“Will there be another huge financial crisis? So it is with banks. They are designed to fall. So fall they surely will. A recent book explores this reality. What makes attention justified is that its author was at the heart of the monetary establishment before and during the crisis; Mervyn King, former governor of the Bank of England”.

This was written on 3 June before Brexit and perhaps can be read as exaggerated to persuade voters not to leave the European Union. Ok then, what does Wolf say now (15 November)?

“Donald Trump has won the presidency, the US has, as a result, chosen as its next president a man whose inexperience, character, temperament and knowledge make him unsuited for this office. The consequences will be many; the economic ones important. He may reverse globalisation, destabilise the financial system, weaken US public finances and threaten trust in the dollar. US-led globalisation is already fragile. Trump seems likely to push it into the coffin”.

Wolf is an outspoken advance guard in his apprehensions about “free world” leadership. Trump’s version of America’s place in the world is to kill TPP (Trans-Pacific Partnership) and open the road for consolidation of the China-led Regional Comprehensive Economic Partnership; the Transatlantic Partnership was “unborn tomorrow dead yesterday”; NAFTA with Mexico and Canada will survive, damaged. Imposing tariffs on China and Mexico are contrary to WTO rules; the ensuing trade wars will not restrain US companies from investing overseas, nor bring jobs and investment to the America. The misery of Trump’s following will not be assuaged. In short, his threats if translated into action will kill AEG without help from detractors of globalisation.

Wolf and his ilk cry wolf but offer no way out. The way out is to shrink the obscene wealth and income gap everywhere and to curb the vast transfer of value from global labour to elites and multinationals. The crumbs falling from the table to the yokels below in America have evaporated; so Trumpets bellow and all manner of Exiters march to the global door. However shrinking inequality or crafting a fairer world-order are not what Wolves, Trumpets or for that matter Clintons, cherish.

Last week I said Trump’s bogus-Keynesian (loose fiscal policy and irresponsible monetary antics) infrastructure building impetuosity (Mussolini populism) will come in conflict with entrenched philosophy Republicans are committed to with near religious zeal. His policies lead to inflation (at last) and an erosion of the dollar encouraging search for a new global currency order. That is if Trump is allowed to have his way, but more likely he will not; Washington will cut in and tame him. If that is how the wind blows Trump and the GOP will face the music of an outraged gullible electorate.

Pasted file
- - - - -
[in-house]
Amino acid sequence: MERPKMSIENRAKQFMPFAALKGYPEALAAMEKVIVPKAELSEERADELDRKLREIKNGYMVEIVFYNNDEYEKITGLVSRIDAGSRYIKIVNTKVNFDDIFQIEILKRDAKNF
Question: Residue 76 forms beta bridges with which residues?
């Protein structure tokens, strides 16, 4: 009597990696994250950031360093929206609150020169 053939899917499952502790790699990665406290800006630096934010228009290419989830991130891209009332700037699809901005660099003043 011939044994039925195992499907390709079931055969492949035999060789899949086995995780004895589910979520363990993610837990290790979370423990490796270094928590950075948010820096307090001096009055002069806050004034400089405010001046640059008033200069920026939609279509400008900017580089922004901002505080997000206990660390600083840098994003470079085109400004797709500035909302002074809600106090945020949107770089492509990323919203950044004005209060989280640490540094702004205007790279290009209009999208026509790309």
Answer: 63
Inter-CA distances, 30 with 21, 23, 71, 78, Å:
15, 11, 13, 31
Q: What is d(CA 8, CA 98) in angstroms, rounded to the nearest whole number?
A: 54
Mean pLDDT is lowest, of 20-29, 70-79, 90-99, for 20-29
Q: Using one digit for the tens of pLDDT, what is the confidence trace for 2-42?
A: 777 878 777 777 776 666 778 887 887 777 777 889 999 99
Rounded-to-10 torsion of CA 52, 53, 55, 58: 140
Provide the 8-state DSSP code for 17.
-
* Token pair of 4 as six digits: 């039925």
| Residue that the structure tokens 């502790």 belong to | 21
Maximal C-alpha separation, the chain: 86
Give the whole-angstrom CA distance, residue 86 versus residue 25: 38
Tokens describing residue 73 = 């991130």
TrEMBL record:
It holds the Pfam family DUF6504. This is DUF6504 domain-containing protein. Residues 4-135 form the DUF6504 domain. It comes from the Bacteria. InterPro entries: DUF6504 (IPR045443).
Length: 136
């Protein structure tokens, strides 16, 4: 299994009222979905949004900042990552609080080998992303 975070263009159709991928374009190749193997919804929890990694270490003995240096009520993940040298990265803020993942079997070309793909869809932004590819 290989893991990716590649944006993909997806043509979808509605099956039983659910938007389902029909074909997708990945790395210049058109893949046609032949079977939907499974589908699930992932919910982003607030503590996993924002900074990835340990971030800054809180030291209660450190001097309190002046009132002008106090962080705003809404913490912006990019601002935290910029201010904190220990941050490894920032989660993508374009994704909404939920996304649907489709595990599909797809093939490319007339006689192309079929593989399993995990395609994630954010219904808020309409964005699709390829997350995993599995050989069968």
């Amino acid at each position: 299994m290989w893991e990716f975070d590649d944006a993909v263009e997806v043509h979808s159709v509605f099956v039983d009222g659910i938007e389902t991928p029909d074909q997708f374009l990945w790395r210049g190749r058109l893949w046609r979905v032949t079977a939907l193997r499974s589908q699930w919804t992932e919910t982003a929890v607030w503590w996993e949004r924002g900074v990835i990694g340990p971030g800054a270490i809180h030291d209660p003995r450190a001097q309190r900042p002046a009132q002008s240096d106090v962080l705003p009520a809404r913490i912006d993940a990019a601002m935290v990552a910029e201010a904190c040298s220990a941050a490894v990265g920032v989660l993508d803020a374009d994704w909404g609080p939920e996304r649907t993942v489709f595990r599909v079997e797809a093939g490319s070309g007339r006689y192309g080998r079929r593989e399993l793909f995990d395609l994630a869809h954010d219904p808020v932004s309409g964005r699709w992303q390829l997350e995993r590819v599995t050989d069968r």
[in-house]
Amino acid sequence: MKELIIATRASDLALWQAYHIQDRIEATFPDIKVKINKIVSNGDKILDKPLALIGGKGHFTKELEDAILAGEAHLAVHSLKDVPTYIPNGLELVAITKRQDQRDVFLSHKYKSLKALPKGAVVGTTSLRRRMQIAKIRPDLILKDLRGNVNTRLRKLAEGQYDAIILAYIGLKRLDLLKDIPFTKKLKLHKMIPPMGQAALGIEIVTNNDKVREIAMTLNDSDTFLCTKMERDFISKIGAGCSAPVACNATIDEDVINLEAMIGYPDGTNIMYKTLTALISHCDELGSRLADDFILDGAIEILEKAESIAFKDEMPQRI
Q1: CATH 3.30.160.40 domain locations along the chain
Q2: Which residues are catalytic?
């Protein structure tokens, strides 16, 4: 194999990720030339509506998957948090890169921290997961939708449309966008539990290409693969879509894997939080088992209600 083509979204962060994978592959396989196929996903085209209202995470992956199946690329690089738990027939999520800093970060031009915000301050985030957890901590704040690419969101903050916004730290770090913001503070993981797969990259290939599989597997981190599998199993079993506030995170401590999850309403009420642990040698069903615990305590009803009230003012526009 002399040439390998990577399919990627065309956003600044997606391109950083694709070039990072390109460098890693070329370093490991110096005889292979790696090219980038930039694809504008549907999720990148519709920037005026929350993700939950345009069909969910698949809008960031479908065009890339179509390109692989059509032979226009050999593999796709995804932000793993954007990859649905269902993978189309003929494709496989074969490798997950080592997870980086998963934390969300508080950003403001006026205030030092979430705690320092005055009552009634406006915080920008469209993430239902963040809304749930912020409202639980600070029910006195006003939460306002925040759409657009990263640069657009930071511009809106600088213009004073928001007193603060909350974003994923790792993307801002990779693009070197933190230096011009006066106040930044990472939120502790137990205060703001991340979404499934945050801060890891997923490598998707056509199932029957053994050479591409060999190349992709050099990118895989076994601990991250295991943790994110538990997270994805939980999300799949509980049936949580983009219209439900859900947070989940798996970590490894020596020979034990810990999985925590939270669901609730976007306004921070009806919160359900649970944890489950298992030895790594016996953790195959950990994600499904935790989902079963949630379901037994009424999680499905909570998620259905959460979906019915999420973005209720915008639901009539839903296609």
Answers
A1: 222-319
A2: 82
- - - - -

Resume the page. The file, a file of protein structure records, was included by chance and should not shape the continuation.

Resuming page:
What I am taking pains to say is not about Trump, America or its economy. It is that globalisation as we have known it for decades (AEG) is nearing the end of its shelf-life, one way or the other. A deep recession and economic dislocation in advanced capitalist economies will be painful for others as well, but small countries, if nibble and quick witted, can benefit by taking advantage of these fissures. Do people who make these decisions ever read my crap? Not likely.

Internationalism for the people

What is called globalisation these days and better known as internationalism in previous times is no stranger. I will close with two passages (heavily edited for length and style) from what is surely the best known of all the world’s political pamphlets.

“We are reproached with desiring to abolish countries and nationalities. Working men have no country! National differences and antagonisms between people are daily vanishing due to freedom of commerce, the world market, uniformity in the mode of production and corresponding conditions of life.”

“Exploitation of the world-market (has) given a cosmopolitan character to production and consumption in every country. To the chagrin of reactionaries it has drawn from under the feet of industry the national ground on which it stood. Old established industries have been destroyed, dislodged by new ones that no longer work indigenous materials but materials drawn from the remotest zones, whose products are consumed in every quarter of the globe. In place of national seclusion and self-sufficiency we have universal interdependence of nations. The intellectual creations of individual nations become common property. National one-sidedness and narrow-mindedness become impossible. In a word, the bourgeoisie creates a world after its own image”.

So be it. The next phase for mankind’s progress is not the illusory world of Walls and barriers but a world where “we shall have an association in which the free development of each is the condition for the free development of all”.


- Melani



2016-11-27